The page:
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Wyden intros bill to rein in rising airline fees

KTVZ file

WASHINGTON (KTVZ) -- Sen. Ron Wyden, D-Ore., and colleagues introduced legislation Wednesday to prohibit airlines from charging fees – including cancellation, change and bag fees – that are not reasonable and proportional to the costs of the services actually provided.

“Airlines are committing highway robbery when they blindside passengers with unexpected and unscrupulous fees,” Wyden said. “The American consumer deserves far better, especially during the holiday season when families and loved ones are reuniting and air travel is stressful and costly enough without surprise costs.”

The Forbidding Airlines from Imposing Ridiculous (FAIR) Fees Act,  also directs the Department of Transportation to review any other fees charged by airlines.

Too often, the senator said, airlines blindside travelers with exorbitant charges at checkout caused by unexpected fees for basic aviation services. This price gouging has exponentially grown as a business practice over the last decade.

The top ten airlines worldwide collected $35.2 billion in ancillary fees in 2018, up from just $1.2 billion in 2007. In the first two quarters of 2019, U.S. domestic airlines collected $2.8 billion and $1.4 billion in just baggage and reservation fees, respectively. With the busiest travel season of the year still ahead, both of these figures are on track to reach all-time highs by the end of 2019.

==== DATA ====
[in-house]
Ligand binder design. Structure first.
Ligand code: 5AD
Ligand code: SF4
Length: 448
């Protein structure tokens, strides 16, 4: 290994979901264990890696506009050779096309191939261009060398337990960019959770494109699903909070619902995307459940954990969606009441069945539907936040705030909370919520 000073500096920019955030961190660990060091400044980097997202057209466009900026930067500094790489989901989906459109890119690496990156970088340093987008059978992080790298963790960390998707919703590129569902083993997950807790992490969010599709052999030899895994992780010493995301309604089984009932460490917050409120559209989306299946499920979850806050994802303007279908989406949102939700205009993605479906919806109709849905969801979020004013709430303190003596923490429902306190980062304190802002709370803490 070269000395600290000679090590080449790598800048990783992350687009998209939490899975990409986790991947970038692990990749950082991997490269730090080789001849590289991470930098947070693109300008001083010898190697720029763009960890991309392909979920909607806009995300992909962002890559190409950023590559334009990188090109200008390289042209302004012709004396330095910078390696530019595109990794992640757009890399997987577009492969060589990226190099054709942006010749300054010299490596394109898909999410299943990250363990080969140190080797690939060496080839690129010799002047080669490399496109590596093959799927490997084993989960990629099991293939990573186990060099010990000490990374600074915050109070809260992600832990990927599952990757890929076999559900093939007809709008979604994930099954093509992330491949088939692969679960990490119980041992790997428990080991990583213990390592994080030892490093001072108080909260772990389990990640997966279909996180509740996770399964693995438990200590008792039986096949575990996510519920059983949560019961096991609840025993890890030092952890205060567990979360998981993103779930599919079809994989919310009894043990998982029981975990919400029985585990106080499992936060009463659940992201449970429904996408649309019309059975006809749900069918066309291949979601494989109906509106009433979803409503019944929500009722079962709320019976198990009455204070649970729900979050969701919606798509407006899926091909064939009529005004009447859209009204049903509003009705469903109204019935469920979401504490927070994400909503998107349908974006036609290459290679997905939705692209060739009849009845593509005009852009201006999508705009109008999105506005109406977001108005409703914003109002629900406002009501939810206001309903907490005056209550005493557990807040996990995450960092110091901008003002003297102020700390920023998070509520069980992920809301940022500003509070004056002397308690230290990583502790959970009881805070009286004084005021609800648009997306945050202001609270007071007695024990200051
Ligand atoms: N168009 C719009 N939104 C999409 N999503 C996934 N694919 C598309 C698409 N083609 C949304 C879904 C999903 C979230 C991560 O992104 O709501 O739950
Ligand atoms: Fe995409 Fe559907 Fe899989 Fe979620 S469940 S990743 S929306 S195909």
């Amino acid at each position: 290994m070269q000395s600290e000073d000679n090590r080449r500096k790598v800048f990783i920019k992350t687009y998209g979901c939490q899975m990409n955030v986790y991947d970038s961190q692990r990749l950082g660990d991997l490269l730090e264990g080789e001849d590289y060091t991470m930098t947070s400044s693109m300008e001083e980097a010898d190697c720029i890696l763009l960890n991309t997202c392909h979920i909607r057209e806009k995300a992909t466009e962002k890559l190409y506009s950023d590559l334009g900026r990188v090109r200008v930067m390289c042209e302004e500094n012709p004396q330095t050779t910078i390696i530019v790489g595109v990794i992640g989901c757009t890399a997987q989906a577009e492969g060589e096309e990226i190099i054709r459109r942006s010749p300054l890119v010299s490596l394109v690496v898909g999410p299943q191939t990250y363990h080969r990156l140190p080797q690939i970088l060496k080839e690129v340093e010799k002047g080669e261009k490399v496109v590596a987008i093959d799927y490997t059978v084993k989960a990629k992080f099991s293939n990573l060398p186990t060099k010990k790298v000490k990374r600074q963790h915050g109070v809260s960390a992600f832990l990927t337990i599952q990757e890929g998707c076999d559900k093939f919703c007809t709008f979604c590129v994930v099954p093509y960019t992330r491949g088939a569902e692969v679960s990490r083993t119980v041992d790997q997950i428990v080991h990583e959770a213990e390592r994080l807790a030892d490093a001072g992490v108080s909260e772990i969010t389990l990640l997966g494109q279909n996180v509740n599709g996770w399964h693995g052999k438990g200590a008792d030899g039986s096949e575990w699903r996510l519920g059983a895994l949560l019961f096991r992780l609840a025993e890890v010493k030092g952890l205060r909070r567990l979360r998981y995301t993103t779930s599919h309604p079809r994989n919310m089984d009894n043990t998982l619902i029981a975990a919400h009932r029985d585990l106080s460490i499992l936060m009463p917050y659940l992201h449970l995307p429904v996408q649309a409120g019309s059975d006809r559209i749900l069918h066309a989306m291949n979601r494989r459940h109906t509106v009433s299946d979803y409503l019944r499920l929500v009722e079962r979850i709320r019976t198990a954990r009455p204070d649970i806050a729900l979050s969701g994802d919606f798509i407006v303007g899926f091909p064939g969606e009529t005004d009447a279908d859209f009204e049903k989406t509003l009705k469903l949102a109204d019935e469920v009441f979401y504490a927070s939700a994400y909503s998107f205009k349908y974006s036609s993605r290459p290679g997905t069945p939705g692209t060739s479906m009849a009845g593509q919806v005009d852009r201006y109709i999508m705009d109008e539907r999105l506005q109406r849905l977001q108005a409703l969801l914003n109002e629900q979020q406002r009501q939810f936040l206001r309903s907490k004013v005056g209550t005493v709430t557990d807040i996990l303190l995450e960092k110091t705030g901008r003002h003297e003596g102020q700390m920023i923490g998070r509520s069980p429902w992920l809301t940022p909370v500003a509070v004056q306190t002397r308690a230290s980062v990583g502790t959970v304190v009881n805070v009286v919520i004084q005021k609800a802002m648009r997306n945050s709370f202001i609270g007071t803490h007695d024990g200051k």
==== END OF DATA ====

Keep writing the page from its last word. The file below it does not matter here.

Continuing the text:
Wyden joined Sens. Edward J. Markey, D-Mass., Richard Blumenthal, D-Conn., and Sheldon Whitehouse, D-R.I. to introduce this bill in the Senate. The bill was also introduced in the House today by U.S. Reps. Steve Cohen, Jesús García, Albio Sires, Eleanor Holmes Norton, Mark Takano, Jan Schakowsky, Bobby Rush, Barbara Lee, Rashida Tlaib, Bennie Thompson, Raúl M. Grijalva and Gwen Moore.

The FAIR Fees Act is endorsed by the National Consumers League, Consumer Reports, Consumer Action, Consumer Federation of America, U.S. Public Interest Research Group, Travelers United, Business Travel Coalition,, and

“Add-on airline fees should be transparent and fair,” said Susan Grant, Director of Consumer Protection and Privacy at the Consumer Federation of America. “Passengers shouldn’t be gouged when they need to change their plans or can’t fit their baggage into ever-shrinking overhead space.”

“Airlines have raised their fees sky high, forcing travelers to pay more and more for basic services that used to be included in the price of a ticket," said Anna Laitin, Director of Financial Policy at Consumer Reports. "This bill will help bring fees back down to earth by requiring airlines to make them transparent, reasonable, and proportional to the real cost of providing the service.”

“Airlines are overcharging consumers with fees that are grossly disproportionate to the value of the service received and result in a windfall for airlines. ‘Exhibit A’ is change fees, where airlines charge $200 when the true cost of a change is 6 to 7 times lower, if not zero,” said Kevin Mitchell, Founder of the Business Travel Coalition. “This kind of unconscionable consumer price gouging is a textbook example of unfair methods of competition that underpin competition laws.”

“FAIR Fees will be a strong dose of common sense for an industry that has become far too consolidated,” said Charlie Leocha, President of Travelers United. “When the major airlines can move in ancillary-fee lockstep without regard for actual costs the market system is clearly broken. If the pricing systems were working, we would not require congressional action. Unfortunately, since the country has been faced with airline merger after merger this bill has become necessary.”

A copy of the bill text is available here.

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Barney Lerten

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